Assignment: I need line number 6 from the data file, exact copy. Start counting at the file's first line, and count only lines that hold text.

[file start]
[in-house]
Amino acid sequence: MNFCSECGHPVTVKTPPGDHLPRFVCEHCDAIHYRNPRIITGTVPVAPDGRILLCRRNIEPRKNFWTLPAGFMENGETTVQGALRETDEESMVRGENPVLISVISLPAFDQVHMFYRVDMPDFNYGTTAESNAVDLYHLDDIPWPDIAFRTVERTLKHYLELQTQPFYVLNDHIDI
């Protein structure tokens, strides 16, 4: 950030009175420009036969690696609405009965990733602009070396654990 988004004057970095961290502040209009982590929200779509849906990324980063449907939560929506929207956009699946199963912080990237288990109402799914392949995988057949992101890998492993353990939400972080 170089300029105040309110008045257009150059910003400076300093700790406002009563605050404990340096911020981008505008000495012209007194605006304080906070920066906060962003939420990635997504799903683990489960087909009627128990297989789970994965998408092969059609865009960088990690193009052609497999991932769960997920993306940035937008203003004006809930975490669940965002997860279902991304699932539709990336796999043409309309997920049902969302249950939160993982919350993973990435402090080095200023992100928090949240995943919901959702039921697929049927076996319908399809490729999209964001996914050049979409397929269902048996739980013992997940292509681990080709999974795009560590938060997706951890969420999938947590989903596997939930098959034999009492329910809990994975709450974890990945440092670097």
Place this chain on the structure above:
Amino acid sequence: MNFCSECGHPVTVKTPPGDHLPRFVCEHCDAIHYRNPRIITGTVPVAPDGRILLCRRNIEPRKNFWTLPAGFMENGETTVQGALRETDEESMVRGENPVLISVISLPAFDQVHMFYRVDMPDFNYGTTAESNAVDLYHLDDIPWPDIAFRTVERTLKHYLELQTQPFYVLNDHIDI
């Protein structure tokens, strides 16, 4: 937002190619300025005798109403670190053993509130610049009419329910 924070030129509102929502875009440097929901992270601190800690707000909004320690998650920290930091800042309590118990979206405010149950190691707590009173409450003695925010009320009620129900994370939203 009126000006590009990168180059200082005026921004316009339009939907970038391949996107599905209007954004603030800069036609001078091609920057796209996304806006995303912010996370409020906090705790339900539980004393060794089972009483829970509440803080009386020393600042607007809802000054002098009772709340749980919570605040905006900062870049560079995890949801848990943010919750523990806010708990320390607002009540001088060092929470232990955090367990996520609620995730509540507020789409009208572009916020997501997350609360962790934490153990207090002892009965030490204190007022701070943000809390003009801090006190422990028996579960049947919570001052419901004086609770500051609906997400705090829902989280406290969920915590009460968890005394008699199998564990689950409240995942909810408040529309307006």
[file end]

């Protein structure tokens, strides 16, 4: 937002190619300025005798109403670190053993509130610049009419329910 924070030129509102929502875009440097929901992270601190800690707000909004320690998650920290930091800042309590118990979206405010149950190691707590009173409450003695925010009320009620129900994370939203 009126000006590009990168180059200082005026921004316009339009939907970038391949996107599905209007954004603030800069036609001078091609920057796209996304806006995303912010996370409020906090705790339900539980004393060794089972009483829970509440803080009386020393600042607007809802000054002098009772709340749980919570605040905006900062870049560079995890949801848990943010919750523990806010708990320390607002009540001088060092929470232990955090367990996520609620995730509540507020789409009208572009916020997501997350609360962790934490153990207090002892009965030490204190007022701070943000809390003009801090006190422990028996579960049947919570001052419901004086609770500051609906997400705090829902989280406290969920915590009460968890005394008699199998564990689950409240995942909810408040529309307006």